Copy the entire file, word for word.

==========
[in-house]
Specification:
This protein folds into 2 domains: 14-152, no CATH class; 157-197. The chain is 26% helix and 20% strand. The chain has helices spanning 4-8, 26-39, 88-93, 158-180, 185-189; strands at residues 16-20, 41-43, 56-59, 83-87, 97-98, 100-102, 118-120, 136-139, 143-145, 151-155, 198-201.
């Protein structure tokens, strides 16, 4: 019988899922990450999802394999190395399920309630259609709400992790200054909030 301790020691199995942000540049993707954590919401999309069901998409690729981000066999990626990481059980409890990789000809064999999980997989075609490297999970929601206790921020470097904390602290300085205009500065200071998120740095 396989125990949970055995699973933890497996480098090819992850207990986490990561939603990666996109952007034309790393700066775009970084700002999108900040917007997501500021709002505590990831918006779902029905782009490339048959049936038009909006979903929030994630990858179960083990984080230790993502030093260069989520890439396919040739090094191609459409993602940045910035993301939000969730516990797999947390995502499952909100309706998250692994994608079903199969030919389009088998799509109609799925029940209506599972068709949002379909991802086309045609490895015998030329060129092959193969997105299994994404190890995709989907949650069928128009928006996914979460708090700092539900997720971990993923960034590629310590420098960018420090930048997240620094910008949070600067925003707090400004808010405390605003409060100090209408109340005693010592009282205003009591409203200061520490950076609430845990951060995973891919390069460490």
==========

[in-house]
Specification:
This protein folds into 2 domains: 14-152, no CATH class; 157-197. The chain is 26% helix and 20% strand. The chain has helices spanning 4-8, 26-39, 88-93, 158-180, 185-189; strands at residues 16-20, 41-43, 56-59, 83-87, 97-98, 100-102, 118-120, 136-139, 143-145, 151-155, 198-201.
């Protein structure tokens, strides 16, 4: 019988899922990450999802394999190395399920309630259609709400992790200054909030 301790020691199995942000540049993707954590919401999309069901998409690729981000066999990626990481059980409890990789000809064999999980997989075609490297999970929601206790921020470097904390602290300085205009500065200071998120740095 396989125990949970055995699973933890497996480098090819992850207990986490990561939603990666996109952007034309790393700066775009970084700002999108900040917007997501500021709002505590990831918006779902029905782009490339048959049936038009909006979903929030994630990858179960083990984080230790993502030093260069989520890439396919040739090094191609459409993602940045910035993301939000969730516990797999947390995502499952909100309706998250692994994608079903199969030919389009088998799509109609799925029940209506599972068709949002379909991802086309045609490895015998030329060129092959193969997105299994994404190890995709989907949650069928128009928006996914979460708090700092539900997720971990993923960034590629310590420098960018420090930048997240620094910008949070600067925003707090400004808010405390605003409060100090209408109340005693010592009282205003009591409203200061520490950076609430845990951060995973891919390069460490």